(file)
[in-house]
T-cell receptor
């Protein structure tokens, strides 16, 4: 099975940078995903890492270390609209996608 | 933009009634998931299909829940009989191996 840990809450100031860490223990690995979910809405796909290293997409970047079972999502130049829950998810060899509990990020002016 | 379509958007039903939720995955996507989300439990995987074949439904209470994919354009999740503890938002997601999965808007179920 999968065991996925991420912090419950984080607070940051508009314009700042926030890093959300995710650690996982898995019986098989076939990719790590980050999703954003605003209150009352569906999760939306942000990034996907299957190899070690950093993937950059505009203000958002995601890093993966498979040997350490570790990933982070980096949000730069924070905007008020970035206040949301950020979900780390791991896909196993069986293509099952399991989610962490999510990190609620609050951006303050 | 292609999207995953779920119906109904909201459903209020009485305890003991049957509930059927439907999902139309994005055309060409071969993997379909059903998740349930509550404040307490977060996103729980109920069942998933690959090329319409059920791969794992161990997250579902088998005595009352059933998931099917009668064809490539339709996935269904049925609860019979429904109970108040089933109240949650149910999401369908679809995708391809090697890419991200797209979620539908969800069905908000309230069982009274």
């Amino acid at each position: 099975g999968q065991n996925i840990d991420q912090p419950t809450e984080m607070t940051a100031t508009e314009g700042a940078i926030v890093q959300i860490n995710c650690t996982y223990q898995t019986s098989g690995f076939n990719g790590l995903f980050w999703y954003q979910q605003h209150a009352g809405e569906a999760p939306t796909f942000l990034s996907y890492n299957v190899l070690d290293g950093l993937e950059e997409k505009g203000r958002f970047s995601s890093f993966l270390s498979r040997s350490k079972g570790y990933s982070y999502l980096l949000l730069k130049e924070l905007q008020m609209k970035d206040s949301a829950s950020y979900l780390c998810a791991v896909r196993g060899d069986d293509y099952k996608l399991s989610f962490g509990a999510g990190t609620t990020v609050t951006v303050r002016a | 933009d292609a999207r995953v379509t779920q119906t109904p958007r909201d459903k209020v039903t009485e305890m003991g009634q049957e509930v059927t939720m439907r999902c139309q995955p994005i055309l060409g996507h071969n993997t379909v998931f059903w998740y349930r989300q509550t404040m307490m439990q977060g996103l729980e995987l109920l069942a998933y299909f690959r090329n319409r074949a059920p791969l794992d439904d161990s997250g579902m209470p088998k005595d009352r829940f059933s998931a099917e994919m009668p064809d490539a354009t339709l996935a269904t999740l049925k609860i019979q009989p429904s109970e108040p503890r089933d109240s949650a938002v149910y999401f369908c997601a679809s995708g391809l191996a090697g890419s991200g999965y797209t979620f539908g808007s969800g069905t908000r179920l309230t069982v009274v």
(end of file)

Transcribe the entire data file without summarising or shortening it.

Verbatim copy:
[in-house]
T-cell receptor
């Protein structure tokens, strides 16, 4: 099975940078995903890492270390609209996608 | 933009009634998931299909829940009989191996 840990809450100031860490223990690995979910809405796909290293997409970047079972999502130049829950998810060899509990990020002016 | 379509958007039903939720995955996507989300439990995987074949439904209470994919354009999740503890938002997601999965808007179920 999968065991996925991420912090419950984080607070940051508009314009700042926030890093959300995710650690996982898995019986098989076939990719790590980050999703954003605003209150009352569906999760939306942000990034996907299957190899070690950093993937950059505009203000958002995601890093993966498979040997350490570790990933982070980096949000730069924070905007008020970035206040949301950020979900780390791991896909196993069986293509099952399991989610962490999510990190609620609050951006303050 | 292609999207995953779920119906109904909201459903209020009485305890003991049957509930059927439907999902139309994005055309060409071969993997379909059903998740349930509550404040307490977060996103729980109920069942998933690959090329319409059920791969794992161990997250579902088998005595009352059933998931099917009668064809490539339709996935269904049925609860019979429904109970108040089933109240949650149910999401369908679809995708391809090697890419991200797209979620539908969800069905908000309230069982009274």
């Amino acid at each position: 099975g999968q065991n996925i840990d991420q912090p419950t809450e984080m607070t940051a100031t508009e314009g700042a940078i926030v890093q959300i860490n995710c650690t996982y223990q898995t019986s098989g690995f076939n990719g790590l995903f980050w999703y954003q979910q605003h209150a009352g809405e569906a999760p939306t796909f942000l990034s996907y890492n299957v190899l070690d290293g950093l993937e950059e997409k505009g203000r958002f970047s995601s890093f993966l270390s498979r040997s350490k079972g570790y990933s982070y999502l980096l949000l730069k130049e924070l905007q008020m609209k970035d206040s949301a829950s950020y979900l780390c998810a791991v896909r196993g060899d069986d293509y099952k996608l399991s989610f962490g509990a999510g990190t609620t990020v609050t951006v303050r002016a | 933009d292609a999207r995953v379509t779920q119906t109904p958007r909201d459903k209020v039903t009485e305890m003991g009634q049957e509930v059927t939720m439907r999902c139309q995955p994005i055309l060409g996507h071969n993997t379909v998931f059903w998740y349930r989300q509550t404040m307490m439990q977060g996103l729980e995987l109920l069942a998933y299909f690959r090329n319409r074949a059920p791969l794992d439904d161990s997250g579902m209470p088998k005595d009352r829940f059933s998931a099917e994919m009668p064809d490539a354009t339709l996935a269904t999740l049925k609860i019979q009989p429904s109970e108040p503890r089933d109240s949650a938002v149910y999401f369908c997601a679809s995708g391809l191996a090697g890419s991200g999965y797209t979620f539908g808007s969800g069905t908000r179920l309230t069982v009274v």